Reporters on the Job

Press Pass: Driving around Haiti's capital of Port-au-Prince with paper marked "international press" taped to the windshield gets you in just about anywhere, says staff writer Howard LaFranchi. "I was surprised when we drove up to the back gate of the prime minister's residence, where there was to be a press conference, and the Haitian guard took one look at the 'press' sign and opened wide the gates. Four Marine armored personnel carriers were stationed on the property with big guns fixed atop and manned, but here the windshield placard worked like 'open sesame.' Apparently, they don't worry about car bombs or terrorists dressed as reporters (rather slovenly, that is)," says Howard.

The sign was even an effective laissez-passer for the streets of a city under a state of emergency when Howard and his colleagues wanted to get to a restaurant late, during curfew.

But the international press signs held no sway in the terrible slums that begin just blocks from the US Embassy. "A group of us wanted to interview some Aristide supporters, but as we headed into the neighborhood people started to motion to us to leave," he says. "Up ahead we could see some street-fighting going on, and we heard shots. We then saw an armored Suburban from the US Embassy approach, only to turn around and speed back to the Embassy. We decided that if US officials couldn't go in, the international press wasn't going to try, either."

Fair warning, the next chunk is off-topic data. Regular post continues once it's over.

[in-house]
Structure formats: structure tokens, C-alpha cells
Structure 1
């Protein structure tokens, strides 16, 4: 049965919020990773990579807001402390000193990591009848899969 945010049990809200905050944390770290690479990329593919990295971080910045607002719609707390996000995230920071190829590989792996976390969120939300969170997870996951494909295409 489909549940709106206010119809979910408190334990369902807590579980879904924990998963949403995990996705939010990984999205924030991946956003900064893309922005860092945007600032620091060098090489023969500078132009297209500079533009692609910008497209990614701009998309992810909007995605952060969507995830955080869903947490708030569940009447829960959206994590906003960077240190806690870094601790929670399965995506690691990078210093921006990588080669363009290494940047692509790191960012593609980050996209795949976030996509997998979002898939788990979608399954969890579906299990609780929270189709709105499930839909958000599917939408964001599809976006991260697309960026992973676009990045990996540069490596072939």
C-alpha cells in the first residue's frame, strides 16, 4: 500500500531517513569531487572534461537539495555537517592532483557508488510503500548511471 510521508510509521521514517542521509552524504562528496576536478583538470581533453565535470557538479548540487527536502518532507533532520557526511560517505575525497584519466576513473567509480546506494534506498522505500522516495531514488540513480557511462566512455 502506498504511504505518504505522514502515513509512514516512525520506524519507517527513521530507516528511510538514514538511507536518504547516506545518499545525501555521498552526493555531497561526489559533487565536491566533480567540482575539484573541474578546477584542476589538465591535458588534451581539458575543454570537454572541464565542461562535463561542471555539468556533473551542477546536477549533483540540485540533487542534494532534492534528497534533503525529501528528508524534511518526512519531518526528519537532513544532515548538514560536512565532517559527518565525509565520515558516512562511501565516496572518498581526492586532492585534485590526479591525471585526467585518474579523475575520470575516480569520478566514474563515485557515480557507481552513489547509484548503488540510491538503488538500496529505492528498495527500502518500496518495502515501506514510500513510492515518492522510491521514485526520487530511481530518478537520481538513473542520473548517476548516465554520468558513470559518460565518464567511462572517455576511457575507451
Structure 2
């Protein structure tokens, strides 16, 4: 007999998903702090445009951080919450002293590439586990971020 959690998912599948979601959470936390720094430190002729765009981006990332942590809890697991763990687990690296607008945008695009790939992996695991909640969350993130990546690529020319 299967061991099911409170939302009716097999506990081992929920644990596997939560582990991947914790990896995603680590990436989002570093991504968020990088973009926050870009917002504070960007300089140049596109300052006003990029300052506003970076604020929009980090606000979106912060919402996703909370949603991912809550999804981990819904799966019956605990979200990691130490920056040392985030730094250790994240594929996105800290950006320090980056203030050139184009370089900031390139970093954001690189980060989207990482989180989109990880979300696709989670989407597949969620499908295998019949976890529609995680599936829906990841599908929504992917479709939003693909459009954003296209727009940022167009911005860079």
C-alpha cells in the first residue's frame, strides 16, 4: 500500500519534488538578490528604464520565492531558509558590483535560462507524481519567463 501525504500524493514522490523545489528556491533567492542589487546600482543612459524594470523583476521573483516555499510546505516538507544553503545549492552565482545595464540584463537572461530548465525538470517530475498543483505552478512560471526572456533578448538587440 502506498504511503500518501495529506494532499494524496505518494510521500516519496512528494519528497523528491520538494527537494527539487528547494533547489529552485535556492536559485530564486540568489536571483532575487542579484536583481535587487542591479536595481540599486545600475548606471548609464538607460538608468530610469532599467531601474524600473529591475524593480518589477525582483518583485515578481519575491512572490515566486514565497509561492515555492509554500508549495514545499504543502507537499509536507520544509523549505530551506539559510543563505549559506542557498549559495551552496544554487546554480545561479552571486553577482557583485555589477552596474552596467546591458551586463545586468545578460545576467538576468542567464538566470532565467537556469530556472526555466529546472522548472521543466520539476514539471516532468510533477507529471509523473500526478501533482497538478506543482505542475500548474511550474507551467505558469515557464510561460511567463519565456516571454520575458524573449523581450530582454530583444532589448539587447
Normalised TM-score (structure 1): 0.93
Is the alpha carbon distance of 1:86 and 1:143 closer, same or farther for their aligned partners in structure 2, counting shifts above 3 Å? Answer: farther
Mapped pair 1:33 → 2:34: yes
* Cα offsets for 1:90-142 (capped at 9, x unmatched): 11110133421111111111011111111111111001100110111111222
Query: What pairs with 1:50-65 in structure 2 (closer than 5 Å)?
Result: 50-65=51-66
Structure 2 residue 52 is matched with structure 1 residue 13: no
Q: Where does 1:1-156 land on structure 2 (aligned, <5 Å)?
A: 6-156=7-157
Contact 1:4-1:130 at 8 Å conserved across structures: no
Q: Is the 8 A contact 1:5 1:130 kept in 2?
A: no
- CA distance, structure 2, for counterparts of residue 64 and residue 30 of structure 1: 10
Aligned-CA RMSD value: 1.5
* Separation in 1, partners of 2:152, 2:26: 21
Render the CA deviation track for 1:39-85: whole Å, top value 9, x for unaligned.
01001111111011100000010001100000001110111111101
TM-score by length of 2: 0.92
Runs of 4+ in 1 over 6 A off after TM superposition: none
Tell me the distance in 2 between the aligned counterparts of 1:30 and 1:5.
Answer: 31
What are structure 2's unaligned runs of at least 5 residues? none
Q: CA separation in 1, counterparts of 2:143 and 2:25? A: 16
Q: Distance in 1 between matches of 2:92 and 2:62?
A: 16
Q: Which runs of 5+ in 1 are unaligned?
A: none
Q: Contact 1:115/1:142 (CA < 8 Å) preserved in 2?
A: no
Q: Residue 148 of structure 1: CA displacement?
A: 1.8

Patience Pays: It was the end of a long day for reporter Nick Blanford, after accompanying US soldiers on three separate patrols. But it had been a relatively quiet day. "I was on a rooftop with the troops scanning the streets in their night vision goggles. I was drifting off to sleep, about 15 minutes from going home, when suddenly 'RPG Man' struck - and I had the lead of my story (this page)," says Nick.

David Clark Scott
World editor

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